I’m going to help all of them recall more memories by making them available to them whenever they want. They can go back to those points in space and time in their lives to see how their lives unfolded. This is one way that DATA has become the language of life.
By collecting data in the form of pictures and videos and storing them on the Google neural network (via Google Photos, err Google Memories), we can relive Jett’s birth, his birthdays, and all the other things he has done. I can go back to see Colton nail 8 three-pointers in a row, or watch Sarah make such unbelievable volleyball plays that they still make me proud and make me cheer, if only in my head. By understanding math, computer science, data and how to problem solve, I have begun to achieve a lifetime goal.
I’ve been involved in uploading my lifetime of memories in the form of pictures and videos for the past decade or so, and I have Google to thank for this. Although the process has taken a long time to conduct, the results are blowing my mind every single day.
In one sense, Google has now made the dream of an 11-year old boy a reality. I can store my memories and those of my other family members and friends. I can make their lifetime of DATA exist beyond their lifetimes. I can give everyone that I have on my neural network access to this information by sending them a hyperlink. How incredible is that? I can’t wait until I finish this project because I guarantee you it will inspire you to get to work to organize your own memories and your DATA.
If you want to know more about what this all means, start following this blog by subscribing to it via email. I am going to be unleashing some outlandish capabilities via Tableau, Alteryx, and Google in the coming months.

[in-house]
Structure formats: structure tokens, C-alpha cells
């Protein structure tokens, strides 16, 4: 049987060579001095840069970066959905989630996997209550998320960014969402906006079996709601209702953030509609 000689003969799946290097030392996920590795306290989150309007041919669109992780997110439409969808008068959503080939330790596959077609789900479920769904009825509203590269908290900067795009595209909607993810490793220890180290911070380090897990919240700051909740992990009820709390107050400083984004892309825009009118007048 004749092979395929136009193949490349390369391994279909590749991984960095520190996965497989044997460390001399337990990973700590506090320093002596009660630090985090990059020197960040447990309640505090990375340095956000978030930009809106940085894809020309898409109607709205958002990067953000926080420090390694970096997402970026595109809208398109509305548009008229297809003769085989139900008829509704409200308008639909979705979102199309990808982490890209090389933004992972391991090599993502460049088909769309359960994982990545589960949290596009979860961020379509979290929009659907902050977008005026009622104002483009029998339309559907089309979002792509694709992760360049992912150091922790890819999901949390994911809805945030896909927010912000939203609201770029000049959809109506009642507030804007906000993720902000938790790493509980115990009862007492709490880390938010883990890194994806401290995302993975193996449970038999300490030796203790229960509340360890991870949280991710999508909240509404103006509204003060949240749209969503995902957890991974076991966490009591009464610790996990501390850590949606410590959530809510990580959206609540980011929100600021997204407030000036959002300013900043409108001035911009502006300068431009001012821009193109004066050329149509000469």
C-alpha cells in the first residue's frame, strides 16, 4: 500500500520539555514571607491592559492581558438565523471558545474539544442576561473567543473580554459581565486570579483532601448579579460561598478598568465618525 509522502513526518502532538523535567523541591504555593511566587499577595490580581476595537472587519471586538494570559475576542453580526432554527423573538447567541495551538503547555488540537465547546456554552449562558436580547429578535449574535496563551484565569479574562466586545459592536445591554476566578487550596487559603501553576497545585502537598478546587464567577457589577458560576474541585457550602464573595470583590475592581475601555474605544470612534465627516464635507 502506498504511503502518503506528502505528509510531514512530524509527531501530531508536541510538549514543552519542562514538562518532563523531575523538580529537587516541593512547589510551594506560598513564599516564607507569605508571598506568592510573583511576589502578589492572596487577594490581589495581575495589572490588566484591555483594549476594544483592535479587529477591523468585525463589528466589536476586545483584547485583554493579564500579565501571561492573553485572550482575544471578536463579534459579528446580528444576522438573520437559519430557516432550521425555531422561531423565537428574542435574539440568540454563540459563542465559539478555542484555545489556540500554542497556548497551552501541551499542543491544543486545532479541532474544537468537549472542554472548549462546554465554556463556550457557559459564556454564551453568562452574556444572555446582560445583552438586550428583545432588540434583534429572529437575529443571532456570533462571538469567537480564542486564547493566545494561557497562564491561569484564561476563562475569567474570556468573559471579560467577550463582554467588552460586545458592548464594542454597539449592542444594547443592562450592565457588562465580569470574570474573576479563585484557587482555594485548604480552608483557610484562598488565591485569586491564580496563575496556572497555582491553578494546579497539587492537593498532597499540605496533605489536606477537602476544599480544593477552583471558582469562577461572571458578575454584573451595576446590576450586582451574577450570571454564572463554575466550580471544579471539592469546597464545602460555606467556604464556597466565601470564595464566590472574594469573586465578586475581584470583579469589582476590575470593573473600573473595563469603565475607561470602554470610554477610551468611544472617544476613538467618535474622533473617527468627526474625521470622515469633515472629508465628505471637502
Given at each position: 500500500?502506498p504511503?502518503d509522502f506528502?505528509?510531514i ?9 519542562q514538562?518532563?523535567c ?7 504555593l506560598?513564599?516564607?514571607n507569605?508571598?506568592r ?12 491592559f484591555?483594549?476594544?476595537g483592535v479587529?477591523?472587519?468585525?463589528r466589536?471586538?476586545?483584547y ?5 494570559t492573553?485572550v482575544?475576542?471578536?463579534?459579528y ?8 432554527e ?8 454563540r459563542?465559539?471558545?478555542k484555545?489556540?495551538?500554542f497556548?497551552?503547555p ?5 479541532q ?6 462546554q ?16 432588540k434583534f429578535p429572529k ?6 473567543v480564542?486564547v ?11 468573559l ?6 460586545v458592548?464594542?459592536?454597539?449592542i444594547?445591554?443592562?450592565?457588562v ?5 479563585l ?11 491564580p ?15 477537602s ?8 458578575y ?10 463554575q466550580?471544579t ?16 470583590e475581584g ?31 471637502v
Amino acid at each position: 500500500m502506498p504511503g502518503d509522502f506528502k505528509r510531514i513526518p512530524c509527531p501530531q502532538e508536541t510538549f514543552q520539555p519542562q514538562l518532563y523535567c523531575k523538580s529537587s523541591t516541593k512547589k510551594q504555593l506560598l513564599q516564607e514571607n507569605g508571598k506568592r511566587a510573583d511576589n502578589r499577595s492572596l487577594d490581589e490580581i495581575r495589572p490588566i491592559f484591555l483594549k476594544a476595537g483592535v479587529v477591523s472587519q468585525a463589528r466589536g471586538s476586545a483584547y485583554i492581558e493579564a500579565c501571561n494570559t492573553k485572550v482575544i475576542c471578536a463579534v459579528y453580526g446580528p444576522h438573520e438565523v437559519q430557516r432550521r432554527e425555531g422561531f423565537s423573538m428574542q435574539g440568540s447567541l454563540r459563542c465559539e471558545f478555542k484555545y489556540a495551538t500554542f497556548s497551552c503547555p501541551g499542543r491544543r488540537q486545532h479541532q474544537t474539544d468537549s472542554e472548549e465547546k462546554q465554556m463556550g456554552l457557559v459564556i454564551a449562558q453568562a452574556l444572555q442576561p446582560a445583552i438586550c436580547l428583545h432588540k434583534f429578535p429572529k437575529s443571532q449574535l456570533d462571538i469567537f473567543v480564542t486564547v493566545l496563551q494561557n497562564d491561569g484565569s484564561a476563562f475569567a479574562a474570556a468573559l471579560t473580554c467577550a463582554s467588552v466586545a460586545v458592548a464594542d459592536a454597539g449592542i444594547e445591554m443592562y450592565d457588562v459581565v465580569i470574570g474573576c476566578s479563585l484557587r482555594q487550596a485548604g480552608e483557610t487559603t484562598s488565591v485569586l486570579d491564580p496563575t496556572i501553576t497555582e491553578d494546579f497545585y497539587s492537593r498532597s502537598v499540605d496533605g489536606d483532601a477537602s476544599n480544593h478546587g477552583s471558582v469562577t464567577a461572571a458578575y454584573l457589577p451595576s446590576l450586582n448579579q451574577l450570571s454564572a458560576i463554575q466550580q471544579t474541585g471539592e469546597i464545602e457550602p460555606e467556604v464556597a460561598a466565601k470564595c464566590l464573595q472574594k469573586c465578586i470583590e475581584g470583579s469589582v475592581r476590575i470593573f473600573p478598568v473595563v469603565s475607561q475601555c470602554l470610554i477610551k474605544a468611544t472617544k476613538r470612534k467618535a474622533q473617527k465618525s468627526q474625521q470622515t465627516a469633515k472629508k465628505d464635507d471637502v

If you are new to the blog, go back and read the Google photo articles from Sept 13 and 14th, 2016. They will help prepare you for what is to come. I will be proving to you that DATA has become the language of life.
I recently gave a preview of the upcoming work to a friend. The response I received is shown below:
Haha!! Thank you! That is amazing the search got done in seconds and let alone by just a word! Pretty motivated to start the same process of uploading photos….
Wow, I might like data more than I think I do. 😉
I really love the last part. “I might like data more than I think I do.” Yes, that is me. I love data and I love the capabilities that companies like Alteryx, Tableau and Google give us to work with this data.
There is more to come as I continue my life-long research project…
Now From The Realm of “There is no way to explain this one!”
One minute after publishing this article, I looked at my email to see this article announcement from Scientific American. To say that it blew my mind would be an understatement. Take a look at the figure or click this link! I haven’t read it yet but wonder if they talk about my super-cooled, super-conducting thinking jet helmet!